Identifying Genes - Polymorphic Markers
Professor Jonathan Finch describes one technique for identifying genes in rodents.
The way we go about identifying genes that contribute to quantitative variation in rodents primarily has involved, up to date at least, crosses between inbred strains - thatâ€™s to say, animals who are genetically identical - and tracking the segregation of genes using anonymous polymorphic markers. There have been a large number of approaches subsequent to that, but that remains the mainstay of identifying the chromosomal positions of those genes.
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Professor Jonathan Finch explains that the neurobiology of neuroticism is similar in humans and animal models.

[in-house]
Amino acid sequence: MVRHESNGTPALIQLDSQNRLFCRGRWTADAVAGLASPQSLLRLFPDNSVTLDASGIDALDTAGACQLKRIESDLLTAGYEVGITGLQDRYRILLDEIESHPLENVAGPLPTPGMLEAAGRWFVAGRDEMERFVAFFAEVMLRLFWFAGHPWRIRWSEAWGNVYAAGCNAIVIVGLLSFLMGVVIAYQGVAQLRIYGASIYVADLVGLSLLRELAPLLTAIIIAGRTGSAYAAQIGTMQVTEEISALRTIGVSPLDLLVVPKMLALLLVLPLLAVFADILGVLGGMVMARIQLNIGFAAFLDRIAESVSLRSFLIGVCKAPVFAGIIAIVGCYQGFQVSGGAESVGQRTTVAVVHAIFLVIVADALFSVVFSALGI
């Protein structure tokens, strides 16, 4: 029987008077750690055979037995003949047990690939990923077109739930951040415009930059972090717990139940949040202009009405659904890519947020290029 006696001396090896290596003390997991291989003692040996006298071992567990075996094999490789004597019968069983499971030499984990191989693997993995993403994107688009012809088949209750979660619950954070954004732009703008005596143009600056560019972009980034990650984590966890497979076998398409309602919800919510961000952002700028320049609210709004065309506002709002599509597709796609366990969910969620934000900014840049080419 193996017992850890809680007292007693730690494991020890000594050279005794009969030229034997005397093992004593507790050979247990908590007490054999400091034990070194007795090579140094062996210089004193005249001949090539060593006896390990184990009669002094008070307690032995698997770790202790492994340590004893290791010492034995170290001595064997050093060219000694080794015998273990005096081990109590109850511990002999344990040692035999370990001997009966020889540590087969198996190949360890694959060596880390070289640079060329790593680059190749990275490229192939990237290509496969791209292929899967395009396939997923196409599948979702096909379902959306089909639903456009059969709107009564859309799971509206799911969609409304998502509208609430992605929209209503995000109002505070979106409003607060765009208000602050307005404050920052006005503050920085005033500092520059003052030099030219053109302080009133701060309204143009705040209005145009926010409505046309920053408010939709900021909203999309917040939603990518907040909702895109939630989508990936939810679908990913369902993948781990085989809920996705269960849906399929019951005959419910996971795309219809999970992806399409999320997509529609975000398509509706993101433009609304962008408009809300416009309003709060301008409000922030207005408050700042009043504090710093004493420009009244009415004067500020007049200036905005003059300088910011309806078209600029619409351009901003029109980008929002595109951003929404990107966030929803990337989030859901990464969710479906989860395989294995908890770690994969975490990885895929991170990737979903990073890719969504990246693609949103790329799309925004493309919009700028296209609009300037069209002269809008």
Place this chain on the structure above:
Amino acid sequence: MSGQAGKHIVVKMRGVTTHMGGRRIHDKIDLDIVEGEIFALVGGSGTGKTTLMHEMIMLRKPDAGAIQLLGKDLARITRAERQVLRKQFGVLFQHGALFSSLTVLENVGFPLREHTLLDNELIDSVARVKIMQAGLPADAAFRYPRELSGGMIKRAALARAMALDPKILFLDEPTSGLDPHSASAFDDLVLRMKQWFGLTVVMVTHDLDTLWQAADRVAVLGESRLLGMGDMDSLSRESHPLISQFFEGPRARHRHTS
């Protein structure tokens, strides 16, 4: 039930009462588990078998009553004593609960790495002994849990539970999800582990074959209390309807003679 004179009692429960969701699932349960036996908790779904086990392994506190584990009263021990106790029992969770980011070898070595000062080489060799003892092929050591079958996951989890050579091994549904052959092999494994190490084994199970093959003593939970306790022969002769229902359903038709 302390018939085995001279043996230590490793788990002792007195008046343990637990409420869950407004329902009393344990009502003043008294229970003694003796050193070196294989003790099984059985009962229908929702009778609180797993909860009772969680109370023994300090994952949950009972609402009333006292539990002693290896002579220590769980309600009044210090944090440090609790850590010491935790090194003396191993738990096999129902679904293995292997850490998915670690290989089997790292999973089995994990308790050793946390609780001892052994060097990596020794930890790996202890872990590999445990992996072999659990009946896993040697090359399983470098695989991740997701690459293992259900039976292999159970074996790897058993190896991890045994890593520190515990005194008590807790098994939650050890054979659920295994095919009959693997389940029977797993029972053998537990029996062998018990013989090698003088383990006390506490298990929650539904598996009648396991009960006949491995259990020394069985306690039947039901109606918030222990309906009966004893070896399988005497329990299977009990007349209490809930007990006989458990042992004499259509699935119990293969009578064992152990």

Watch the animation to learn more about why genetic markers offer important clues in the hunt for genes.
Professor Jonathan Finch defines neuroticism, a measure of emotional stability that correlates with depression.
Evolutionary geneticist Michael Hammer speaks about the markers used to analyze DNA variation in the Y chromosome.
A single nucleotide polymorphism, or SNP, occurs when two individuals in the population differ by a single letter in the DNA sequence.
Locate a disease gene by screening for markers linked to the gene.
Doctor Thomas Insel makes the case for model animals with the power to see how candidate genes for human disorders could affect other systems.
Evidence in humans that a structured exercise training program increases neurogenesis.
By 1990, King had found a "landmark" that helped her fix the gene's position on a chromosome. This DNA marker was on chromosome 17, and was linked to breast cancer in a subset of the families she studied. She teamed up with Francis Collins in a race to f
Model organisms share with humans many key biochemical and physiological functions that have been conserved (maintained) by evolution.